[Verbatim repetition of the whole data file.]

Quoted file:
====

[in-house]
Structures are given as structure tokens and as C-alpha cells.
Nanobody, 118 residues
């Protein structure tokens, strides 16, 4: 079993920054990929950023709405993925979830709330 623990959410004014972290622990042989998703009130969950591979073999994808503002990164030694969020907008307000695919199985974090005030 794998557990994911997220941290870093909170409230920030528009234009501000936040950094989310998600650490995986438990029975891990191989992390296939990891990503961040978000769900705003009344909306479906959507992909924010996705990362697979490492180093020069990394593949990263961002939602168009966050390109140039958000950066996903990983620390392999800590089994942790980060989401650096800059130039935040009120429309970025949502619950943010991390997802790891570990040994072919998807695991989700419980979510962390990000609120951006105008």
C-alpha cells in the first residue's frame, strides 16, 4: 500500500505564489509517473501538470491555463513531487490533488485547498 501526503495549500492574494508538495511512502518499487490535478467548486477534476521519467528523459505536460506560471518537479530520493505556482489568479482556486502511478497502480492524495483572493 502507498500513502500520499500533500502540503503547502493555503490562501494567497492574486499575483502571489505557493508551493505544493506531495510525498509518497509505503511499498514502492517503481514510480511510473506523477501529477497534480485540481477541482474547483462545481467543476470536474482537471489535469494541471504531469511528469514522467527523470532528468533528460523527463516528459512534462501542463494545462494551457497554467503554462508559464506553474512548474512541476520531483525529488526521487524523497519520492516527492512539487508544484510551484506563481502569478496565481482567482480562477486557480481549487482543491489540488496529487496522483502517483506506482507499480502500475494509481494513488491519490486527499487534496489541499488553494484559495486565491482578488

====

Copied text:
[in-house]
Structures are given as structure tokens and as C-alpha cells.
Nanobody, 118 residues
């Protein structure tokens, strides 16, 4: 079993920054990929950023709405993925979830709330 623990959410004014972290622990042989998703009130969950591979073999994808503002990164030694969020907008307000695919199985974090005030 794998557990994911997220941290870093909170409230920030528009234009501000936040950094989310998600650490995986438990029975891990191989992390296939990891990503961040978000769900705003009344909306479906959507992909924010996705990362697979490492180093020069990394593949990263961002939602168009966050390109140039958000950066996903990983620390392999800590089994942790980060989401650096800059130039935040009120429309970025949502619950943010991390997802790891570990040994072919998807695991989700419980979510962390990000609120951006105008």
C-alpha cells in the first residue's frame, strides 16, 4: 500500500505564489509517473501538470491555463513531487490533488485547498 501526503495549500492574494508538495511512502518499487490535478467548486477534476521519467528523459505536460506560471518537479530520493505556482489568479482556486502511478497502480492524495483572493 502507498500513502500520499500533500502540503503547502493555503490562501494567497492574486499575483502571489505557493508551493505544493506531495510525498509518497509505503511499498514502492517503481514510480511510473506523477501529477497534480485540481477541482474547483462545481467543476470536474482537471489535469494541471504531469511528469514522467527523470532528468533528460523527463516528459512534462501542463494545462494551457497554467503554462508559464506553474512548474512541476520531483525529488526521487524523497519520492516527492512539487508544484510551484506563481502569478496565481482567482480562477486557480481549487482543491489540488496529487496522483502517483506506482507499480502500475494509481494513488491519490486527499487534496489541499488553494484559495486565491482578488